Skip Harvey writes;
I wandered the Comic-Con floor, searching desperately for a credible (and cheap) souvenir for my good friend Joe. Joe's an old school fanboy of discriminating taste. He appreciates good writers over flashy artists, likes his heroes to be good and his villains to be evil, and he really, really knows his comics. I wanted my gift to be something a real fan would appreciate and we had just recently had a lengthy discussion about pre-crisis Batman and silver age X-men over a luke warm pitcher of PBR at our local blue-collar watering hole. When debating the giants in silver age artists the name Neal Adams inevitably became our common ground. Neal is the credible fanboy's artist. The Peter Davidson of the comics world, if you will.
After passing up some obnoxious Thor merchandise on the convention floor and pushing impatiently through the obscenely crowded end of the non-comics section I skirted a rather ordinary, rarely trafficked booth. If not for my formative years being bombarded by silver age DC artwork I know for a fact that Neal's table would have never caught my eye. It was quiet, it was far smaller than the pedestal fanboys have put him on, and it was quite frankly sad. No one had been to peruse his wares in quite some time, and it showed. I bought an ashcan from the man and had him sign it "happy birthday Joe", no waiting, no line. My heart sank.
This, I realized, was the way of things now. Gone were the days of comic book collectors meeting comic book creators and geeking out about comic books. We lived in the era of watching the movie, buying the toy, playing the video game…anything except reading the comic. Comic-Con was the largest pop culture celebration in the world, and comics were dead.
Chuck Rodanzki is the owner/proprietor of Mile High Comics, one of the largest comic retailers in the country. He's well acquainted with the ups and downs of the industry-long and short term -and is always good for a sound bite on the topic. Knowing that, I tracked him down on the Comic-Con floor to ask his impressions of this year's incarnation of the convention. Much to my surprise it was no easy task finding a slower or quieter area on the comic side of the exhibit hall. I was fully prepared to have a depressing conversation with Chuck, lamenting the death of our beloved industry, yet here we were fighting to hear each other and find elbowroom. What on Third Earth were all these people doing showing interest in comics at a comic convention? Chuck was just as shocked as I was, and based on the giddy grin on his face it wasn't just traffic.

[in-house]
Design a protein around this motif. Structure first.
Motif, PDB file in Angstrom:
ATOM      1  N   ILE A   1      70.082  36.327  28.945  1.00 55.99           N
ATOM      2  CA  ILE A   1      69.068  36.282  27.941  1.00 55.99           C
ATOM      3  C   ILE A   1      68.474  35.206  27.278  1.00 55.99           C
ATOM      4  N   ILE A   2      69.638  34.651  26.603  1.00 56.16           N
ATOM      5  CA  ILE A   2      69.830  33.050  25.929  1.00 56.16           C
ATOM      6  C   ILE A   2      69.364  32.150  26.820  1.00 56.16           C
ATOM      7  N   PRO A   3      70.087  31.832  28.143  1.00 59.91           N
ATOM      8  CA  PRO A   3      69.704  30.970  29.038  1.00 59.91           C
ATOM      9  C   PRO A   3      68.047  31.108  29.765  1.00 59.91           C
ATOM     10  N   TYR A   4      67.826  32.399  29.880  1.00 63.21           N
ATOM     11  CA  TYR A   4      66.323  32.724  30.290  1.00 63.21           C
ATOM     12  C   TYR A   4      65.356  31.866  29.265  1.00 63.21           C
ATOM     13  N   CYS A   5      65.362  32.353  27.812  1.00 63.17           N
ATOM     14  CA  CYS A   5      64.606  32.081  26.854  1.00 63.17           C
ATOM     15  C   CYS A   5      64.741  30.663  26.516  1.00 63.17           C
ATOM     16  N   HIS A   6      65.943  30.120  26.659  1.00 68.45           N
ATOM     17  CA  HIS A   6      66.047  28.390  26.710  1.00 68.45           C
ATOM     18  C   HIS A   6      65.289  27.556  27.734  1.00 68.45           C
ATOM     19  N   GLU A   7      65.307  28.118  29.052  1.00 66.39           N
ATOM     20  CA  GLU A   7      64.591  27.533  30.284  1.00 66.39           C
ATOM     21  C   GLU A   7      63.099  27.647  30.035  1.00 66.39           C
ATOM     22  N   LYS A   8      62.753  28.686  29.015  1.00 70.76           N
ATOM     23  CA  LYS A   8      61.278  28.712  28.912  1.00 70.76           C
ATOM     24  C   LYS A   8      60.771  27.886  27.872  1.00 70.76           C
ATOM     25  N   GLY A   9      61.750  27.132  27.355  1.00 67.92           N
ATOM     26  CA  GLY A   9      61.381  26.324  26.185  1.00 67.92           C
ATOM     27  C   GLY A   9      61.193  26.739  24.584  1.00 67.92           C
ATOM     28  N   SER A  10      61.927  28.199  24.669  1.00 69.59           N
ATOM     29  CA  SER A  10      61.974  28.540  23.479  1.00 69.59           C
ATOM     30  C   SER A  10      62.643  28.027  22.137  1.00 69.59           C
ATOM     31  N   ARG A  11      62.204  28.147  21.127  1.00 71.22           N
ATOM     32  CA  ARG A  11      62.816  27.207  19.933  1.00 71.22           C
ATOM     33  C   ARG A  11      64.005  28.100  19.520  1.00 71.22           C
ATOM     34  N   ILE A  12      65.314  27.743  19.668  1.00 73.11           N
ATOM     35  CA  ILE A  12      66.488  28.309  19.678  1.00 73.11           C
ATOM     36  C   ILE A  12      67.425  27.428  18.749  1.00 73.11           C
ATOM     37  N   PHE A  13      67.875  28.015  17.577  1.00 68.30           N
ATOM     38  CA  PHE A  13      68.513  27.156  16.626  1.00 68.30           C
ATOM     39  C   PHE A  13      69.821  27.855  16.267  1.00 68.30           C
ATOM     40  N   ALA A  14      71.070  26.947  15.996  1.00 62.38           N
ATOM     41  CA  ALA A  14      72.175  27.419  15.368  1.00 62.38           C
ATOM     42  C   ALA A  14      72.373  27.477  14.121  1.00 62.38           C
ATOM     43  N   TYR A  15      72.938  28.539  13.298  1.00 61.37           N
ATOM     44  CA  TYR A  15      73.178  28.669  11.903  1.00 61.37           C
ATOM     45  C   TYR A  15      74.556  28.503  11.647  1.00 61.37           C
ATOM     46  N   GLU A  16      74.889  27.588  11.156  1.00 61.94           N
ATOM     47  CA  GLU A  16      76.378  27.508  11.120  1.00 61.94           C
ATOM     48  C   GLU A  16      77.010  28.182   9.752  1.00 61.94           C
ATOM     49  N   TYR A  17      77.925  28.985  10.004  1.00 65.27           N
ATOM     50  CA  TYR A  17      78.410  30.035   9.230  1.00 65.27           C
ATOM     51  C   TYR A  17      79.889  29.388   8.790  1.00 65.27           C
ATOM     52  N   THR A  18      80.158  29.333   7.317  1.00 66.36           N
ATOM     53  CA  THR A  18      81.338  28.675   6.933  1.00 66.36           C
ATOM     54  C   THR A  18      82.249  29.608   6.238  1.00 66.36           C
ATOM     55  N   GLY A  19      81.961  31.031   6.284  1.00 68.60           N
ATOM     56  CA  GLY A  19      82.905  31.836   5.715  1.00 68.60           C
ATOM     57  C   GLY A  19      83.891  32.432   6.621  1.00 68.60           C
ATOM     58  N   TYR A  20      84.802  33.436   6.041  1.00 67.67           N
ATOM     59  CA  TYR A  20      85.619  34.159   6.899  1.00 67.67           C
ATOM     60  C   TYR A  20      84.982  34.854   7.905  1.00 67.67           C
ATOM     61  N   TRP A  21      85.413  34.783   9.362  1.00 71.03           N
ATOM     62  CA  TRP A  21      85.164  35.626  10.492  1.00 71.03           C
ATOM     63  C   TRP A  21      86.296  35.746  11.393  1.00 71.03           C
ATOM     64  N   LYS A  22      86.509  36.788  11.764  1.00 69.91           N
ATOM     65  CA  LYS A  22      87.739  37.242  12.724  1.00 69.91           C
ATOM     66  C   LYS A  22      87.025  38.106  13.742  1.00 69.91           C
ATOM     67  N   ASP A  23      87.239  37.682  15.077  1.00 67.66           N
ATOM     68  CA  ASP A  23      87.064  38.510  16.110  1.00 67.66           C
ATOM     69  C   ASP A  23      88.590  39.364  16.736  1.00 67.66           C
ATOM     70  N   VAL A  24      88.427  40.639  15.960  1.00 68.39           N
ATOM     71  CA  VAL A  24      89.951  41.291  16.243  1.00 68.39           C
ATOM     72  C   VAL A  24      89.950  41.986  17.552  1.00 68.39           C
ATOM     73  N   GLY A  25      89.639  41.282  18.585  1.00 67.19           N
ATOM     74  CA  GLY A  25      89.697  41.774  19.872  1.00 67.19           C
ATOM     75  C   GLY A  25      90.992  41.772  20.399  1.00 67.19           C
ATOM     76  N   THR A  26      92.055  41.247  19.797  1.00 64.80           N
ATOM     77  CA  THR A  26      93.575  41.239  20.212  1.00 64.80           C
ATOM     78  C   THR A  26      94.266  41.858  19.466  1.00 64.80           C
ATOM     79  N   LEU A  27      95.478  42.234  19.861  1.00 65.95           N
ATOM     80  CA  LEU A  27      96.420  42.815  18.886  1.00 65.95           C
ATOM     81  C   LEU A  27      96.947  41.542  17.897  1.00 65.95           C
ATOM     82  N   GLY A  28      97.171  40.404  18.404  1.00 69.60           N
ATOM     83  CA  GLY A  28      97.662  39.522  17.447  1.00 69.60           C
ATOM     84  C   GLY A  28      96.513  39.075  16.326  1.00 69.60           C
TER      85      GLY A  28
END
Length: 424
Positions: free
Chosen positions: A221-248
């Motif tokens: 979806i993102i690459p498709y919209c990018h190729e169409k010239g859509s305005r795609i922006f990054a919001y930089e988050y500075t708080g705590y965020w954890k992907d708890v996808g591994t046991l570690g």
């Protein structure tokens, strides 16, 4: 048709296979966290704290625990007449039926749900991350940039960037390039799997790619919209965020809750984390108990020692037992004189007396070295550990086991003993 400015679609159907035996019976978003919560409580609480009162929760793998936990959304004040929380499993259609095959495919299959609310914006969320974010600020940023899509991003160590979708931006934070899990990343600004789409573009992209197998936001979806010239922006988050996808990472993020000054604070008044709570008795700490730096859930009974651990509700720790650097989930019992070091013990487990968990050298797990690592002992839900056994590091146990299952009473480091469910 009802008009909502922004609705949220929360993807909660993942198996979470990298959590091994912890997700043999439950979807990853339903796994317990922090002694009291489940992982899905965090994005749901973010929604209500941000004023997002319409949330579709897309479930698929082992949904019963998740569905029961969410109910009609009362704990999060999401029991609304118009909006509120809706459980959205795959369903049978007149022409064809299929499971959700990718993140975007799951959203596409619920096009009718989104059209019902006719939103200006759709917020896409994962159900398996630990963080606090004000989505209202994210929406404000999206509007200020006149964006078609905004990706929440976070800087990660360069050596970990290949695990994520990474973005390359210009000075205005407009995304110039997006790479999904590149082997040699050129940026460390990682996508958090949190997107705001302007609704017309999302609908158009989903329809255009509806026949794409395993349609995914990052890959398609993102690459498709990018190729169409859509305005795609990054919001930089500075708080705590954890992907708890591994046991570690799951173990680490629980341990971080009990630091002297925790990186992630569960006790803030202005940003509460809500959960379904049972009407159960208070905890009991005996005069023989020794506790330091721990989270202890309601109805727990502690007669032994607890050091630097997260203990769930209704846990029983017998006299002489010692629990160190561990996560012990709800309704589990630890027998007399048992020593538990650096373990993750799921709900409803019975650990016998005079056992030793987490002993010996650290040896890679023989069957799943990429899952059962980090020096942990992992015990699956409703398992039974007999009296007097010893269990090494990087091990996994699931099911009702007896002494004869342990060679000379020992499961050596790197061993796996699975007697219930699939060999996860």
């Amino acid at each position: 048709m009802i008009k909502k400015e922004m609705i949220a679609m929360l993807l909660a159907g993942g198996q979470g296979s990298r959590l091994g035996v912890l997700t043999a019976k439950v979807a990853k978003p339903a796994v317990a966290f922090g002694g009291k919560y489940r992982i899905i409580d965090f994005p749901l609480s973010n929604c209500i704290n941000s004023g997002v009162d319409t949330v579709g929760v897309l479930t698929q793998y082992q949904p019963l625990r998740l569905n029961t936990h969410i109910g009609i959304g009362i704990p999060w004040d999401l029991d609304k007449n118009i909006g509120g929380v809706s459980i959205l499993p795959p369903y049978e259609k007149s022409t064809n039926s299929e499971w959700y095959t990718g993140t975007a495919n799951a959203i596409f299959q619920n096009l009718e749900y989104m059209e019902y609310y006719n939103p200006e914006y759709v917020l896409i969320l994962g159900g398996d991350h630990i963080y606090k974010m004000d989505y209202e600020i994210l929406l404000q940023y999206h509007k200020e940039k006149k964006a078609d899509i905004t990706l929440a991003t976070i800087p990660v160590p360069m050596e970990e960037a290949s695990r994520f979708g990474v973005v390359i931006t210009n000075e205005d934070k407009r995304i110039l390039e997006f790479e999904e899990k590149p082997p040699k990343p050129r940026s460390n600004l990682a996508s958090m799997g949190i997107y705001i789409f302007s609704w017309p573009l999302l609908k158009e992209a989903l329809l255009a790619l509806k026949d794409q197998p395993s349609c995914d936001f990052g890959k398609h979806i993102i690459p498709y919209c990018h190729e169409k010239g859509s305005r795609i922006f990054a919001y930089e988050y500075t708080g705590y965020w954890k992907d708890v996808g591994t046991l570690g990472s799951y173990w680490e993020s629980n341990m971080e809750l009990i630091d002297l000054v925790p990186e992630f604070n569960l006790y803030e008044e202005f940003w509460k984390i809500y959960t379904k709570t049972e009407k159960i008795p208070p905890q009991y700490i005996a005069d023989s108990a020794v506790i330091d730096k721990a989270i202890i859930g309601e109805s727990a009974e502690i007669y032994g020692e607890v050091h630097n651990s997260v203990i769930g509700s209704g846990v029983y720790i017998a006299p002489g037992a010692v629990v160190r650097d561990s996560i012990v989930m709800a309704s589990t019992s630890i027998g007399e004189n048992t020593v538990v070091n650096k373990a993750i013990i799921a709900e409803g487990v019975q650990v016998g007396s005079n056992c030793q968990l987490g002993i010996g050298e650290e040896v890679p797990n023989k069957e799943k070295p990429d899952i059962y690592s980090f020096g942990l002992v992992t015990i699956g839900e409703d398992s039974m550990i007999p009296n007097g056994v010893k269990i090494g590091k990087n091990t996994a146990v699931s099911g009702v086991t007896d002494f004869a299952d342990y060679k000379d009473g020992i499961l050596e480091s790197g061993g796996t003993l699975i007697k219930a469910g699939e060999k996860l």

"Two years ago I was debating pulling out," admits Rodanzki, "but now I'm thinking about expanding." Normally Mile High sees most of its sales at the convention move in the form of trade paper backs, graphic novels, and collected works of previously printed books but this year saw a huge upswing in the sale of actual single issue comics. In fact, Chuck was most surprised by the number of customers making their very first comic purchase. "It used to be that you'd come to Comic-Con to sit at the cool-kids table, but now people aren't just coming to say they've been here."
Whether it's the product of the often criticized "make the movie and they'll buy the book" strategy or, as Chuck theorizes, digital comics becoming the new grocery store spinner racks for those unfamiliar with the medium, sales were up. Big time. New readers are being created and genuine appreciation for the genre seemed palatable. "This year I brought 50,000 single issues," Chuck says matter-of-factly. "Next year I'm bringing 100,000 more."
The fanboy in me wanted desperately for this to be true; that Comic-Con was fully realized in the mainstream but that it wasn't losing its integrity. I wanted to believe that the periodical was coming back like vinyl, that Avengers was setting the bar higher for comics in media and not the last gasp, that Santa Claus was real… The guarded part of me knew it couldn't be so rosy, right?
Just as Chuck and I were wrapping up our gleeful discussion of The State of Things, a group of con-goers interrupted us and asked to take a picture of the crowd. We obliged the young men and scooted further into the concourse, deeper into the flow of traffic. That turned out to be impractical for a two people standing still and we decided to part ways. We both agreed it was too difficult to have a conversation in front of a busy booth, especially the Neal Adams booth in front of which we found ourselves.
Maybe there's hope after all.